"You can have five or six or seven or eight televisions running different camera angles. So suddenly you could be anywhere, we could be sitting right here and throw up a bunch of TV screens and now you're watching one game from different perspectives or all your favourite games at the same time," Abovitz explained.
Elsewhere, the apps fall into a few different groups - productivity, education, everyday essentials and games - which are highlighted on Magic Leap's website.
So on the one hand, you'll be able to open up emails, watch TV and sports, buy shoes and brushing up on your mountain climbing history. And on the other, there are AR game that take over the office and CG animated jellyfish floating around your head. Plus, thanks to Iguodala we know that there's some kind of digital character you can hold in your hand that acts as an AR personal assistant.
Magic Leap also has some high profile friends in the form of WETA Workshop and Peter Jackson. WETA is building a virtual world for Magic Leap called Dr. Grordborts that features ray guns. And the Lord of the Rings director is working on something for the platform, though we don't know whether that's Grordborts or another project.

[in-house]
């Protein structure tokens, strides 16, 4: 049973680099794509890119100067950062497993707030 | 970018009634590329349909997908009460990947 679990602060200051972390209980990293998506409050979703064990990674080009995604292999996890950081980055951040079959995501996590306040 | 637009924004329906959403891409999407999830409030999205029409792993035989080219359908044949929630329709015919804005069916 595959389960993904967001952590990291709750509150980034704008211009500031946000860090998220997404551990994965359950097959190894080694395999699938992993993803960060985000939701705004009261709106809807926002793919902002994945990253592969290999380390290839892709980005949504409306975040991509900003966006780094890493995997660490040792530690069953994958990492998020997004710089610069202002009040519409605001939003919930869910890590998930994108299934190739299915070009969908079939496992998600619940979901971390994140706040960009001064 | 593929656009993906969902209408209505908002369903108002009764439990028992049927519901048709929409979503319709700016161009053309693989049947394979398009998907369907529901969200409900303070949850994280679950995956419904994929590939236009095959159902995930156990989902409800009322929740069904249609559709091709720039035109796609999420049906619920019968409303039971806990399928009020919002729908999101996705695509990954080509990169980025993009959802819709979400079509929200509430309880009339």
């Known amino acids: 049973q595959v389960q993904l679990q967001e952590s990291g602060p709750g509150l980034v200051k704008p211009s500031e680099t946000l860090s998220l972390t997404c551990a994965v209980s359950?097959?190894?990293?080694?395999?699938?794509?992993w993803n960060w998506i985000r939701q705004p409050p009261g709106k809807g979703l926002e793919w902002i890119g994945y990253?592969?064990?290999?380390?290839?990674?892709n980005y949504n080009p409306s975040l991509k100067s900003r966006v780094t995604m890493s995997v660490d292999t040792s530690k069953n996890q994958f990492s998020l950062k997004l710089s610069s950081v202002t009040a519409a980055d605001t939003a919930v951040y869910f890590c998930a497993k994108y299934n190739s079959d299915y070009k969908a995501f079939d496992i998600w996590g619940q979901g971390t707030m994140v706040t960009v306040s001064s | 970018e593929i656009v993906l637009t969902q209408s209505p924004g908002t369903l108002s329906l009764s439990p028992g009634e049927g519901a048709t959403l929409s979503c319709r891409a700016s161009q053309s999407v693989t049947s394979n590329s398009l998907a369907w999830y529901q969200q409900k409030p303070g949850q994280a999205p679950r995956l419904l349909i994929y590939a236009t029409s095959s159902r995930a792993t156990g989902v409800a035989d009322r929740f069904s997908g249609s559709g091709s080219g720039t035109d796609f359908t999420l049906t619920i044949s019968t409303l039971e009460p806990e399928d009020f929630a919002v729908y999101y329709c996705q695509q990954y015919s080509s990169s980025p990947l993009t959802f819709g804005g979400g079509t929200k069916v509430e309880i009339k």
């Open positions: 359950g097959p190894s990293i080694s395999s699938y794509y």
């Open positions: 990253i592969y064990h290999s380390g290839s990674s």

The WETA project is confirmed but one tantalising rumour is that Steven Spielberg's Ready Player One adaptation will, in some way, include something for Magic Leap.
Warner Bros is an early investor so we could look forward to something from the studio in due course. One more thing detailed in patents is Digital Live Artists and Digital Music Venue apps - beaming musicians into your living room for a private AR gig and placing you (and friends) into a concert environment.
Lucasfilm is another company that's joined the Magic Leap fold. Specifically, the ILMxLab will be partnering with the company to create Star Wars experiences. We've already played with an HTC Vive experience made by xLab and were duly impressed so we can't wait to see what Magic Leap Star Wars will be like.
Magic Leap has also gone on a bit of a shopping spree for content, purchasing FuzzyCube Software, a game developer founded by former Apple employees and game developers that have worked on games like Halo Wars and Age of Empires. The company also looked into purchasing Moonbot Studios, an Academy Award-winning animation house. While IP issues kept Magic Leap from purchasing the company outright, it did end up hiring about a dozen animators and artists from Moonbot.